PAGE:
Control. On-demand technologies like digital video recorders, video on demand, iPods, and online search engines put consumers in control of their programming. These technologies will become pervasive across all media platforms over time.

Trust. As more and more choice and control become available, the importance of trusted media brands to help consumers discover, experience, and transact will grow. Over the next 10 years, trusted media brands that recognize the need to help consumers navigate through endless options will become the user interface to simplifying and managing choice. Media companies will fight to gain the brand permission to play this role, forming more relevant relationships with consumers, thus becoming even more important to advertisers.

Information on Audiences

Internet advertisers have different and more valuable information than is available from traditional media. With traditional media the advertiser typically has access to demographics on a broad audience group. Using the internet, advertisers have data on individuals. Whereas internet advertisers may know little about individual audience members’ demographics, they often have detail on interests, purchases, and locations. This data will allow far more precise targeting, but will raise the required skill levels of media planners as advertisers seek their targets in many micro-niches. As a special case, integrating the internet accessed from mobile devices (PDAs, cell phones, etc.), advertisers will direct messages to individuals based on physical location.

Intelligent Personalization

More information about an audience, in some cases individual preferences, will allow firms to conduct advertising campaigns with surgical precision. Advertisers will be able to maintain and reinforce the desired message across multiple media, and use behavioral information to dynamically adapt the message in real time. Amazon already uses recommendation systems to send site visitors personalized messages about products judged relevant based on past purchases. An extension is to combine data on past purchase behavior with search behavior to divine future intentions. Hence a person who researches information on Tonga could receive a campaign message that included travel guide recommendations or links to an online travel partner.

The expansion of the internet and the eventual transformation of all media into digital media means that consumers have increasing control over content. In an on-demand world, the consumer gets to decide when she wants to consume content and, to a large degree, whether or not she wants to consume advertising. While the internet has been the first true on-demand medium, other media are rapidly following. With the growth of the internet, the growth of digital radio, the increased proliferation of digital video recorders (DVRs), and the growth of video-on-demand (VOD) offerings, consumers are increasingly gaining the ability to consume media on their own timetables. With technology enabling the avoidance of advertising, marketers need to ensure their messages are better targeted to their audience and are relevant.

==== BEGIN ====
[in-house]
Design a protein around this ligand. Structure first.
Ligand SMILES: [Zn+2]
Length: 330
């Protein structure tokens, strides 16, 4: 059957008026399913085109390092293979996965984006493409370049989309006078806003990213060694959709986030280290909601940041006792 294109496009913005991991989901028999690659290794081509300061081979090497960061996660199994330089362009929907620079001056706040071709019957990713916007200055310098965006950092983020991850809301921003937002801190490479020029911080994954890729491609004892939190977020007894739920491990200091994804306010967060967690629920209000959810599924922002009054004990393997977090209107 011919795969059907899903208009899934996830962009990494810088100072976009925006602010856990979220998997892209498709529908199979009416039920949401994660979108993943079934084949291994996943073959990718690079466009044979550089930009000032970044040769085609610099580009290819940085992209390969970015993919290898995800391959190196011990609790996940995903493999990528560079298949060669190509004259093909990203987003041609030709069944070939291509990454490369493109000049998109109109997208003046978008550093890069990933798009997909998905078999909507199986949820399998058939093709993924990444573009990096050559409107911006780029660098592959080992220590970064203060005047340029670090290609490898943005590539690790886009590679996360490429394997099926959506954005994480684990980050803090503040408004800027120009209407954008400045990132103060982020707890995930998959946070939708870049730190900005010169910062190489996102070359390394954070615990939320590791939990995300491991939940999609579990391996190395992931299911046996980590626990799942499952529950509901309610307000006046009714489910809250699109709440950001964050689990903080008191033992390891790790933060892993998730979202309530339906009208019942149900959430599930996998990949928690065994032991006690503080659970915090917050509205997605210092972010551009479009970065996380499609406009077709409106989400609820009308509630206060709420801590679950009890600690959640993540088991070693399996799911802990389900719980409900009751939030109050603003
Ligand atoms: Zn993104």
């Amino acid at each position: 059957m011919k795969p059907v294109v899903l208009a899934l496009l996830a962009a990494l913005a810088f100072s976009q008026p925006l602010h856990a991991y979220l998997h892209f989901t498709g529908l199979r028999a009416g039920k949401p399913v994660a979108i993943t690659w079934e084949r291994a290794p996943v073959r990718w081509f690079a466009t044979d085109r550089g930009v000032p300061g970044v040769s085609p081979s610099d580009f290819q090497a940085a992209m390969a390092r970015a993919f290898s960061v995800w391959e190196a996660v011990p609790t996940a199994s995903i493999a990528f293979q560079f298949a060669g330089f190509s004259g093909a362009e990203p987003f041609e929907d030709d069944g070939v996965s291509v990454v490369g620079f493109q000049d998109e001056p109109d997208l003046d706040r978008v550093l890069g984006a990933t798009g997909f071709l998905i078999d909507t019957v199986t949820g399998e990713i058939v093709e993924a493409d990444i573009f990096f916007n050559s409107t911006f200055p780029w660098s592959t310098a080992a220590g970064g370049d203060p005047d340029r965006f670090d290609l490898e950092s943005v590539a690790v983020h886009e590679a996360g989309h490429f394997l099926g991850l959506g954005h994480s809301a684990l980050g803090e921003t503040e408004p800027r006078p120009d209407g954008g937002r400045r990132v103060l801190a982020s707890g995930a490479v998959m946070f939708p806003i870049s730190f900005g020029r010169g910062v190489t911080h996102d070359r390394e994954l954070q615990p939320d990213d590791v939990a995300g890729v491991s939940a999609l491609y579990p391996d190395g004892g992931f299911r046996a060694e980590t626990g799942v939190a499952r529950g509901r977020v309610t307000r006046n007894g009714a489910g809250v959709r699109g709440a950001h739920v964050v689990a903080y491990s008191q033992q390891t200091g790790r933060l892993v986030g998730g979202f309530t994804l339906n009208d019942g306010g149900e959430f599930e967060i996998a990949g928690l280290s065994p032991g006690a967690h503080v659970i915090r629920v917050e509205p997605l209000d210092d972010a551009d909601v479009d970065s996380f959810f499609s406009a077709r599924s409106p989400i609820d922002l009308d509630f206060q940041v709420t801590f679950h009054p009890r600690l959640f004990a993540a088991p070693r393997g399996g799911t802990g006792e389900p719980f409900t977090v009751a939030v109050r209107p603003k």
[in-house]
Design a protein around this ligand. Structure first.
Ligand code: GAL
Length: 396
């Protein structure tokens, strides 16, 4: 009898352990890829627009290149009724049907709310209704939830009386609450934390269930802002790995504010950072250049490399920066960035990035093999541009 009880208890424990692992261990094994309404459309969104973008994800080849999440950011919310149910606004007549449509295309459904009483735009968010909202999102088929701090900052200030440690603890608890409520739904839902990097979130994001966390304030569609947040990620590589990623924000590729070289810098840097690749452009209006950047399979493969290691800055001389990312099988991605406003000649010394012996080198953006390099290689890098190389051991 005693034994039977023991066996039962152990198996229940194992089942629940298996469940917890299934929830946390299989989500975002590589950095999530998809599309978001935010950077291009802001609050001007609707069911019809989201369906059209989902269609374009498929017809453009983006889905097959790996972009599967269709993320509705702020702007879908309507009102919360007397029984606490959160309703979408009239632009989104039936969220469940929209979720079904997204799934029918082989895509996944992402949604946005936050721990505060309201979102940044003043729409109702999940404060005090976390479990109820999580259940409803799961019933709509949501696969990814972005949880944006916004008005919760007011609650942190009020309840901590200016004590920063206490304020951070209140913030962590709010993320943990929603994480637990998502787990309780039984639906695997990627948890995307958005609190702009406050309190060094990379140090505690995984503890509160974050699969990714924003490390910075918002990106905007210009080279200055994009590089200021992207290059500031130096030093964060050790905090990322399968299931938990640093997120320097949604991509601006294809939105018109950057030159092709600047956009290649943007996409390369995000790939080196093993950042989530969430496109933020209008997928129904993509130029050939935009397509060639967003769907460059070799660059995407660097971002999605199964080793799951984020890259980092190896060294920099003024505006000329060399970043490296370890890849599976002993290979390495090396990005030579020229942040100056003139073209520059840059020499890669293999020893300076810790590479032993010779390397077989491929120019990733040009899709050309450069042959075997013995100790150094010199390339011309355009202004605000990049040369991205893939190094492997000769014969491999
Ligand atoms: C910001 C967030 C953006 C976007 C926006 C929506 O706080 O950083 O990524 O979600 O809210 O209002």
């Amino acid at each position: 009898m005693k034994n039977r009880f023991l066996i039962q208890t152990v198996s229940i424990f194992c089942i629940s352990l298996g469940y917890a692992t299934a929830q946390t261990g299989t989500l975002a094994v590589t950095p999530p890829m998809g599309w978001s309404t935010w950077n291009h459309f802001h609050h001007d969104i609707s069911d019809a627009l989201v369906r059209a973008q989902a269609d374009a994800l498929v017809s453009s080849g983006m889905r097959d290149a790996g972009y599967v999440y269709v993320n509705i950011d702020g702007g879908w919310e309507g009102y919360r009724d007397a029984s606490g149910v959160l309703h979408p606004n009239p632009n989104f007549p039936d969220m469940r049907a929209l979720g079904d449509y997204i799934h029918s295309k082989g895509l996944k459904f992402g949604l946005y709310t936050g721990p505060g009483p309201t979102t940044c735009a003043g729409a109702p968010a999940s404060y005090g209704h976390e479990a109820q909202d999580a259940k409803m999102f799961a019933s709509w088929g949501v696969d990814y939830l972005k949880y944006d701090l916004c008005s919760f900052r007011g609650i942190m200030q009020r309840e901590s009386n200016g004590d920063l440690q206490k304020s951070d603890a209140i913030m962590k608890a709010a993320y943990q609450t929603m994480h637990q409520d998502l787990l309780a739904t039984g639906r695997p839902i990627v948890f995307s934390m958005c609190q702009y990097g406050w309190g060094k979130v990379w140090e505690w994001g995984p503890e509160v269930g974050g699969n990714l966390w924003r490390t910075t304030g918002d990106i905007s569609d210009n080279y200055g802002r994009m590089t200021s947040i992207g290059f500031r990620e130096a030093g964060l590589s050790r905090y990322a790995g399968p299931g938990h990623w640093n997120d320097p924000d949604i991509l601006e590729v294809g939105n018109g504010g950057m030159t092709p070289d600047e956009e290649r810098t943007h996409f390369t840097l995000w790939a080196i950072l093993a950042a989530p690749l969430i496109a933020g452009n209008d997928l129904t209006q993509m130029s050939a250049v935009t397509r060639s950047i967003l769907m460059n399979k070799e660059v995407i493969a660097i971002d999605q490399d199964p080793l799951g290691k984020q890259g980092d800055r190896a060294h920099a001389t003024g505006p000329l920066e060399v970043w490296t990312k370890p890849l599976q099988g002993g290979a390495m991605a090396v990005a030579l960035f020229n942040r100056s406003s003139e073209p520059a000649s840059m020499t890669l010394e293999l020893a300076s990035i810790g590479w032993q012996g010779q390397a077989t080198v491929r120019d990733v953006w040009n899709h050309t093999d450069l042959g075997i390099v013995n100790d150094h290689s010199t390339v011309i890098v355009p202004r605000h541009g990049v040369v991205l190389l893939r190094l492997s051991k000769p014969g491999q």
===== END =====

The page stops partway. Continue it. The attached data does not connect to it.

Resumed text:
Studies have shown that, even when people can skip through ads in a DVR environment, not all ads are skipped. In fact, in many cases, consumers drill deeper into advertising content—reviewing longer-form commercials, for example—when that content is particularly relevant to them. Relevant content resonates.

In the online advertising world today, we have the capabilities to target and personalize advertising based on many variables, including segmentation based on past customer interactions, context, time of day, broadband connection versus dial-up, and many others. We also have the ability to “frequency cap,” providing a benefit to consumers who, even if they are interested in a product or service, do not want to see the same advertisement over and over again. Over time, and in emerging digital media, these capabilities will only get better. And the consumer will benefit. At aQuantive, we are working toward a day when no advertising dollar is wasted, when every marketing message is perfectly targeted and delivered to a person who is receptive to that message: the right message at the right time to the right person. While this may represent a digital nirvana that we may never fully achieve, the progress we have already made is remarkable.

Cross-Channel Creative Campaign

Delivering an integrated creative campaign is not a new problem for advertisers. Traditionally, advertisers have integrated among media alternatives in radio, television, newspapers, and magazines. The internet has complicated this challenge by sharply increasing media types to include websites accessed by personal computers (desktop and laptop), portable hand-helds, cell phones, and others. To be effective, advertisers will require a broad range of back-end technology managing digital marketing assets, to modify and encode them in real time and ensure appropriate delivery and tracking.